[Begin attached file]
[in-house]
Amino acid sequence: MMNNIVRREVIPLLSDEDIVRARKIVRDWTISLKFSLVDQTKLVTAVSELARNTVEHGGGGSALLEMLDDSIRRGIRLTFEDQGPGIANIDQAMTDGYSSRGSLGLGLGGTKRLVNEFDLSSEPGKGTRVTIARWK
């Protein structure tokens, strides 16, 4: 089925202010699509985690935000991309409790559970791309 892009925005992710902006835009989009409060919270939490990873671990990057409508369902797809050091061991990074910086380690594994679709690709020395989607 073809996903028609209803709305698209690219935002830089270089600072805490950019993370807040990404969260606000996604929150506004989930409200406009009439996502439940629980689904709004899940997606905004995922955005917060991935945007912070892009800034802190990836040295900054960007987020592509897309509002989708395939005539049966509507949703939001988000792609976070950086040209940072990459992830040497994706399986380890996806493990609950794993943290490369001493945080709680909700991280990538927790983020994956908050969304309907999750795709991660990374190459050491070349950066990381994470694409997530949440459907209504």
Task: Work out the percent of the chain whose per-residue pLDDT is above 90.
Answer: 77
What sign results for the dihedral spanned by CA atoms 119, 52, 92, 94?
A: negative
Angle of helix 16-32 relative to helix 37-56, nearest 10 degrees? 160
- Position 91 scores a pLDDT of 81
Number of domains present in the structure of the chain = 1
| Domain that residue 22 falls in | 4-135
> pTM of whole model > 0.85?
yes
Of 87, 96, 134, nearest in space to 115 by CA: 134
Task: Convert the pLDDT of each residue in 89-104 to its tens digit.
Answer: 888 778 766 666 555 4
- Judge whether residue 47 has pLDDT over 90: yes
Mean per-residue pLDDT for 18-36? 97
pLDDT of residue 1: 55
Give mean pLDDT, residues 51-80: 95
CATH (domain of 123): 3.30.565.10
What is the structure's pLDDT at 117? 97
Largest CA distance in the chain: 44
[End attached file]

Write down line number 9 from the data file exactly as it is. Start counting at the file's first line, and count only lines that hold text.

- Position 91 scores a pLDDT of 81